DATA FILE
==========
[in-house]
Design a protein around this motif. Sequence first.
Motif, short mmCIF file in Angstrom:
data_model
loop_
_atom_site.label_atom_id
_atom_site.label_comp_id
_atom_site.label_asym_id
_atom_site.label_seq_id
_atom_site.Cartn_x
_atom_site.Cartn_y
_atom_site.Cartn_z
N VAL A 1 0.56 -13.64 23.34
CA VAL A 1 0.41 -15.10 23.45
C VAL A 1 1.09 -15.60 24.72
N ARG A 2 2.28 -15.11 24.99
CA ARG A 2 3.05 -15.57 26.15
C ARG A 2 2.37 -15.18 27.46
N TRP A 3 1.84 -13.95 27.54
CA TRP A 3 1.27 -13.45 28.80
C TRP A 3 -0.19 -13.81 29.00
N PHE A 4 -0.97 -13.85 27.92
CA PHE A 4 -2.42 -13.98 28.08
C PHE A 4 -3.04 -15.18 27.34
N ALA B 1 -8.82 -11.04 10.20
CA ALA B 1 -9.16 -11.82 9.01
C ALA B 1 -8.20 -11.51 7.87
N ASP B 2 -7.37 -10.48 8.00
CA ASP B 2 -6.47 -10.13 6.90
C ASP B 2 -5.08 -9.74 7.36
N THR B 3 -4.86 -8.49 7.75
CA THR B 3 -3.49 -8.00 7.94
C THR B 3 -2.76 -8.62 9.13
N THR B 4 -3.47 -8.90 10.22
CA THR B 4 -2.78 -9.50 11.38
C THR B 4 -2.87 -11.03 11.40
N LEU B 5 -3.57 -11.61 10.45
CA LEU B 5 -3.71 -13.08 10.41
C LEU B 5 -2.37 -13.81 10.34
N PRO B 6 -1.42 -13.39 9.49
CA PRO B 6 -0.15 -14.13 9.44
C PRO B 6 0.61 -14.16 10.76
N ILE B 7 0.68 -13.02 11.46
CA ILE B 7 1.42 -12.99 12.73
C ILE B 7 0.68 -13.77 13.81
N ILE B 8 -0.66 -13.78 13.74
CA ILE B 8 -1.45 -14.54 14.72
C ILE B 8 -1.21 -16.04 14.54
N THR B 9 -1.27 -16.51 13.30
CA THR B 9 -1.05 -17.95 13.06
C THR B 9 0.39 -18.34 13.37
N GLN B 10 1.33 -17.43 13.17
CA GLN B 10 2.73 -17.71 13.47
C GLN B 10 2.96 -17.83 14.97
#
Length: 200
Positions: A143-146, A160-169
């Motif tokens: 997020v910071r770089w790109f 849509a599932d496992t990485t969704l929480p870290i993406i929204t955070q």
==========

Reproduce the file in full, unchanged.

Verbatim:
[in-house]
Design a protein around this motif. Sequence first.
Motif, short mmCIF file in Angstrom:
data_model
loop_
_atom_site.label_atom_id
_atom_site.label_comp_id
_atom_site.label_asym_id
_atom_site.label_seq_id
_atom_site.Cartn_x
_atom_site.Cartn_y
_atom_site.Cartn_z
N VAL A 1 0.56 -13.64 23.34
CA VAL A 1 0.41 -15.10 23.45
C VAL A 1 1.09 -15.60 24.72
N ARG A 2 2.28 -15.11 24.99
CA ARG A 2 3.05 -15.57 26.15
C ARG A 2 2.37 -15.18 27.46
N TRP A 3 1.84 -13.95 27.54
CA TRP A 3 1.27 -13.45 28.80
C TRP A 3 -0.19 -13.81 29.00
N PHE A 4 -0.97 -13.85 27.92
CA PHE A 4 -2.42 -13.98 28.08
C PHE A 4 -3.04 -15.18 27.34
N ALA B 1 -8.82 -11.04 10.20
CA ALA B 1 -9.16 -11.82 9.01
C ALA B 1 -8.20 -11.51 7.87
N ASP B 2 -7.37 -10.48 8.00
CA ASP B 2 -6.47 -10.13 6.90
C ASP B 2 -5.08 -9.74 7.36
N THR B 3 -4.86 -8.49 7.75
CA THR B 3 -3.49 -8.00 7.94
C THR B 3 -2.76 -8.62 9.13
N THR B 4 -3.47 -8.90 10.22
CA THR B 4 -2.78 -9.50 11.38
C THR B 4 -2.87 -11.03 11.40
N LEU B 5 -3.57 -11.61 10.45
CA LEU B 5 -3.71 -13.08 10.41
C LEU B 5 -2.37 -13.81 10.34
N PRO B 6 -1.42 -13.39 9.49
CA PRO B 6 -0.15 -14.13 9.44
C PRO B 6 0.61 -14.16 10.76
N ILE B 7 0.68 -13.02 11.46
CA ILE B 7 1.42 -12.99 12.73
C ILE B 7 0.68 -13.77 13.81
N ILE B 8 -0.66 -13.78 13.74
CA ILE B 8 -1.45 -14.54 14.72
C ILE B 8 -1.21 -16.04 14.54
N THR B 9 -1.27 -16.51 13.30
CA THR B 9 -1.05 -17.95 13.06
C THR B 9 0.39 -18.34 13.37
N GLN B 10 1.33 -17.43 13.17
CA GLN B 10 2.73 -17.71 13.47
C GLN B 10 2.96 -17.83 14.97
#
Length: 200
Positions: A143-146, A160-169
């Motif tokens: 997020v910071r770089w790109f 849509a599932d496992t990485t969704l929480p870290i993406i929204t955070q």